Before she abandons substance completely, however, A3G would like to leave you with some Reflections on Life, which she has been prompted to share by the series of profound questions raised near the end of her loyal reader's missive. Before doing so, she must issue a "Spoiler Alert": if you're in a good mood right now, stop reading here, before the depressive A3G ruins it for you.
Still here? Okay, you've asked for it--don't say she didn't warn you! In a nutshell, here's A3G's Philosophy of Life:
1. Some people are Important. Within the legal profession, the ranks of the Important include federal judges, Supreme Court clerks, and a handful of others who have, by dint of their professional achievement, managed to transcend their Great Unwashed status (e.g., Ted Olson, David Boies). The rest of us--including A3G--are Unimportant.
2. For the Important, Life is a never-ending parade of triumphs and joys. Victories follow one after the other, in rapid succession; everything they touch turns to gold; their paths are showered with rose petals.
3. For the Unimportant, including yours truly, Life is an entirely different affair. To be sure, the Unimportant can try to walk through the brick wall that separates them from the Important; we can try our best to become federal judges, or the next Olson or Boies. The chances of that happening, however, are exceedingly low.
4. And so, for the Unimportant, Life is the process of coming to terms with our own mediocrity. Life is what we call that intervening period of years--between youth, before the doors have closed in our faces, and death, the great and merciful equalizer--during which we struggle to make our peace with our own insignificance.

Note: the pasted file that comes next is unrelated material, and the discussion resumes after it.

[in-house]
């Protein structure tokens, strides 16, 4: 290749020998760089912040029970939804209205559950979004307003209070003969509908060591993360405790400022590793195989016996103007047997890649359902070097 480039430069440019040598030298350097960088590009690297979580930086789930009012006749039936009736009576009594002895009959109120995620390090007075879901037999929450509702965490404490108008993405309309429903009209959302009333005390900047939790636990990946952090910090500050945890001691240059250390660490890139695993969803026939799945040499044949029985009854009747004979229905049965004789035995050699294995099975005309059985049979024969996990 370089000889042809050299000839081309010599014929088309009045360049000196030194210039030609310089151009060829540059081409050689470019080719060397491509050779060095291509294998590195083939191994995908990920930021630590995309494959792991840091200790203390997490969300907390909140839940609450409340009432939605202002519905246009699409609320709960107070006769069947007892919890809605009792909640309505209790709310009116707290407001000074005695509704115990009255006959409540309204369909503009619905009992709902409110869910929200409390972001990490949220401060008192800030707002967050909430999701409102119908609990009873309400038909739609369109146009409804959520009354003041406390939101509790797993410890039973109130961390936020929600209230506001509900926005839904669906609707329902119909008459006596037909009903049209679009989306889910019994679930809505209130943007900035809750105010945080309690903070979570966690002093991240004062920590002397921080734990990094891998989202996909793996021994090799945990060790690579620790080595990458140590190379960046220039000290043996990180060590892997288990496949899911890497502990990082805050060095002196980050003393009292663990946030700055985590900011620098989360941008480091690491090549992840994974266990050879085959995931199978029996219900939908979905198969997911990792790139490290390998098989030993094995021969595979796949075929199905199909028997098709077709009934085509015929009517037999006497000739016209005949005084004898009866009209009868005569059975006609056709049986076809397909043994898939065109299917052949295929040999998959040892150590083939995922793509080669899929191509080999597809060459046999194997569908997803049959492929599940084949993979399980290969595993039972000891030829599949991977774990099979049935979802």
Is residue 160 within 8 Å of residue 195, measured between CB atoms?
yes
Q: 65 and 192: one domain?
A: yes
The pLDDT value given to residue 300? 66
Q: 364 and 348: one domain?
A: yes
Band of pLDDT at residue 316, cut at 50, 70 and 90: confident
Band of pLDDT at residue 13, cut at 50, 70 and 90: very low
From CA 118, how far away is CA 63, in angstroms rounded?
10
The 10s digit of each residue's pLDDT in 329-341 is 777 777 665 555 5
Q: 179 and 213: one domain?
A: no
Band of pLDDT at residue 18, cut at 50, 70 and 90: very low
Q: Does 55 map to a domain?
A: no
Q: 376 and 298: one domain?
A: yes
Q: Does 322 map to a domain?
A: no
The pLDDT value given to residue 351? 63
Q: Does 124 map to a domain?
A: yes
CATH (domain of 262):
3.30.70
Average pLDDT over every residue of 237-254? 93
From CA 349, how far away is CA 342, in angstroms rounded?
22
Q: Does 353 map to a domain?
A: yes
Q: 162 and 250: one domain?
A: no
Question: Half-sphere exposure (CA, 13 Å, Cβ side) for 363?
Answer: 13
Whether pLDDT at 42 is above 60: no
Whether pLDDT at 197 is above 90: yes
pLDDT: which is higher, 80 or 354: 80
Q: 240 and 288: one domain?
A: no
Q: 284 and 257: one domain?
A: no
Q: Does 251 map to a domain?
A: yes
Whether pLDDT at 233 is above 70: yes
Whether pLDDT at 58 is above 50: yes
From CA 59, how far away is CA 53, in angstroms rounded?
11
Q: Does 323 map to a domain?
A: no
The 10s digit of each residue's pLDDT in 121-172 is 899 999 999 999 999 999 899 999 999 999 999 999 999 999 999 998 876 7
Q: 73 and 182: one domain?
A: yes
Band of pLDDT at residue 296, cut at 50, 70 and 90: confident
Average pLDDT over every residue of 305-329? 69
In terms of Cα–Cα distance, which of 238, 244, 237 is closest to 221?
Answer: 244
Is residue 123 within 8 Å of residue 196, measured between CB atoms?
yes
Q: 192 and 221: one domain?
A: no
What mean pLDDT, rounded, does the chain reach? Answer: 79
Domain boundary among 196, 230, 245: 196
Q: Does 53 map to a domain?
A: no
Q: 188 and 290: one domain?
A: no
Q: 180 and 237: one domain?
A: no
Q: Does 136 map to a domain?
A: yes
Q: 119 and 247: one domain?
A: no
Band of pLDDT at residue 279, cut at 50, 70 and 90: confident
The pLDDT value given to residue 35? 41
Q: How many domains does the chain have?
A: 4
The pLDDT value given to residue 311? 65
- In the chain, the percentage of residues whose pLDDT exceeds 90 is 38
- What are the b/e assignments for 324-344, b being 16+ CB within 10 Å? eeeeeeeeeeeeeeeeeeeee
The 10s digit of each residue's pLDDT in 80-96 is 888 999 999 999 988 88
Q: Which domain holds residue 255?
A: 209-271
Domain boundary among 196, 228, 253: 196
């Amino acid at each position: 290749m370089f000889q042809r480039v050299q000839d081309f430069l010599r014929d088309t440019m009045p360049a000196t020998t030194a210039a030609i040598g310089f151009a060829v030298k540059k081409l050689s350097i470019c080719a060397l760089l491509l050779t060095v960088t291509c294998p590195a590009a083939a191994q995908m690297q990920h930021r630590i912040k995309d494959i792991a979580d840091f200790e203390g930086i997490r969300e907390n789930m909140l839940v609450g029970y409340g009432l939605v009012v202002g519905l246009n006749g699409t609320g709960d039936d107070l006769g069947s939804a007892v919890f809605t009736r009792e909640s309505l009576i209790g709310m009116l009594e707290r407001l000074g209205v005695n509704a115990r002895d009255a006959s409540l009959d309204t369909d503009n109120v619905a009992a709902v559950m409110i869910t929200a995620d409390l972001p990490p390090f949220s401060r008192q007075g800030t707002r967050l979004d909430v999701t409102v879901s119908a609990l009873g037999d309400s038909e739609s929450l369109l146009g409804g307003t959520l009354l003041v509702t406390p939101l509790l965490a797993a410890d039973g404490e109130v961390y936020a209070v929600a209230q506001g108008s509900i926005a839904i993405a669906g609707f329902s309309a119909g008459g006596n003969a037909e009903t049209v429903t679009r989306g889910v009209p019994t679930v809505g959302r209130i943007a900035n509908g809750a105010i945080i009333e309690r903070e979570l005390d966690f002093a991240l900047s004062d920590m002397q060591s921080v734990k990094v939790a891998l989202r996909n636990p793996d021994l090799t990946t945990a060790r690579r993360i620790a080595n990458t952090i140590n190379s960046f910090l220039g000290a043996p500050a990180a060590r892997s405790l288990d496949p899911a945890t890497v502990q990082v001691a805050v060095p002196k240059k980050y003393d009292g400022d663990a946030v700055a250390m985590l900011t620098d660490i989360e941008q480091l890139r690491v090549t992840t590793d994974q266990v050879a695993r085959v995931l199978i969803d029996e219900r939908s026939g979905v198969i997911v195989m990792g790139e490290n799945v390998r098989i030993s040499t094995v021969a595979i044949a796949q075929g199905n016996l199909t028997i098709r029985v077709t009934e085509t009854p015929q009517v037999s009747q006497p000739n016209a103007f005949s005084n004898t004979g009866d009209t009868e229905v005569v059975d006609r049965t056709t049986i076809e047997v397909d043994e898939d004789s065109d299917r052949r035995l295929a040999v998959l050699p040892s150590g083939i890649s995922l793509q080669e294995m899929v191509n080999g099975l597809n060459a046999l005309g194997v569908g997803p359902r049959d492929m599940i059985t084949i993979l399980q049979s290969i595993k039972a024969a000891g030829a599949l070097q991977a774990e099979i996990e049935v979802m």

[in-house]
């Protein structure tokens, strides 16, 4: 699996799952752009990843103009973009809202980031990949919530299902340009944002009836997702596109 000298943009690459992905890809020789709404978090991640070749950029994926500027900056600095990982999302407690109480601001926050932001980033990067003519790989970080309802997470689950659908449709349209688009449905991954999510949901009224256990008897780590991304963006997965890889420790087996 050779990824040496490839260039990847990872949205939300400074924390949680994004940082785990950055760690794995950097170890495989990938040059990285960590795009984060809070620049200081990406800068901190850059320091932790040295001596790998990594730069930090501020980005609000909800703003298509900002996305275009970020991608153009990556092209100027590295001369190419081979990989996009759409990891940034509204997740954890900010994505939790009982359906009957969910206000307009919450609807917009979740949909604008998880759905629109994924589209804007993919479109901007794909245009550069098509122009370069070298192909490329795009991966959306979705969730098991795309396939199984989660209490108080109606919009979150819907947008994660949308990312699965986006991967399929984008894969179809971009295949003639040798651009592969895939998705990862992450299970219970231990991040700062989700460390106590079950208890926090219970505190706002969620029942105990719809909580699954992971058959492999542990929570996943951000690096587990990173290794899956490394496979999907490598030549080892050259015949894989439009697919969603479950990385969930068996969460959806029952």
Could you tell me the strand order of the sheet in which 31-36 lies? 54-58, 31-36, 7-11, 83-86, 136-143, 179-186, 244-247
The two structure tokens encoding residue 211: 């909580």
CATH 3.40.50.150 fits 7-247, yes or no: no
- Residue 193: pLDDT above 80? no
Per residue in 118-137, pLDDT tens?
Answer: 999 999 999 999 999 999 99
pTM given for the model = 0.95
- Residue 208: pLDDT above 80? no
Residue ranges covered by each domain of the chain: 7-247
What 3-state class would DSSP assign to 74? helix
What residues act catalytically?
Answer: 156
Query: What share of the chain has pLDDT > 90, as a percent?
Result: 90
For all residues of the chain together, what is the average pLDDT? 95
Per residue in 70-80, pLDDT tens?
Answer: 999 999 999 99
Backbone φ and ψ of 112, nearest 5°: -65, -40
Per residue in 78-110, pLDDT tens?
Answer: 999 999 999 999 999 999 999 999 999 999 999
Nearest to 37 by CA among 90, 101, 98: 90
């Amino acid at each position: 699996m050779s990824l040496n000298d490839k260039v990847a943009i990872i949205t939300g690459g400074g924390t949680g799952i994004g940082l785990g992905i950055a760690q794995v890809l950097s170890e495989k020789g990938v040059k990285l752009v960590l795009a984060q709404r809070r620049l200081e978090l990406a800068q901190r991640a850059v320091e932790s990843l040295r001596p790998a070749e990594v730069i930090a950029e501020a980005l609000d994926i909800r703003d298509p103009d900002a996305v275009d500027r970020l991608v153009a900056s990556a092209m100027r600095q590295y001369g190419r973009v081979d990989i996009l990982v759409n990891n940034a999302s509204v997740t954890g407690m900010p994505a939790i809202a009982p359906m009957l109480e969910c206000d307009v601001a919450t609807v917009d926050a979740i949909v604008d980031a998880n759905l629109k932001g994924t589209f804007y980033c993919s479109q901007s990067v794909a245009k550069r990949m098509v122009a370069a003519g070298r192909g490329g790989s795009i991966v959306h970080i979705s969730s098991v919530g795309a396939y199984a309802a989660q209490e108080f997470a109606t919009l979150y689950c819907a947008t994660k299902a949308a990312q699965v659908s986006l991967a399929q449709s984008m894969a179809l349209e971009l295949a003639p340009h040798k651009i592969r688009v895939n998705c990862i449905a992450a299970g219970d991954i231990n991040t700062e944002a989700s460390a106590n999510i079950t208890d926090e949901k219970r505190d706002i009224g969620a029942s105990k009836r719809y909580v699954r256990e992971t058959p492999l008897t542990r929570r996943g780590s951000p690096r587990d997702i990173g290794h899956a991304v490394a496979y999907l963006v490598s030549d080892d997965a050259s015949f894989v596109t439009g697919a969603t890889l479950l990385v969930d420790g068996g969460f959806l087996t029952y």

One of the best ways to achieve some measure of contentment is to create a false consciousness within yourself, by convincing yourself that because you have "subjective" importance, i.e., importance within a limited sphere--you're important to your spouse, or your kids, or your clients--you are therefore just as worthy a human being as people with objective or widespread importance, i.e., "the Important," capital "I." There is nothing wrong with this effort at self-brainwashing. Indeed, it is a dignified and noble response to the disappointments of life--certainly more dignified than airing your psychological dirty laundry in the blogosphere, which is what Article III Groupie does...
P.S. Yes, A3G realizes that people come to "Underneath Their Robes" seeking humor and entertainment, not gloomy musings. She believes, however, that comedy and suffering are profoundly and inextricably linked. She also hopes that these glimpses into her disordered mind are at least interesting or engrossing for her readers--admittedly in a somewhat lurid way, like a car accident that you can't stop staring at...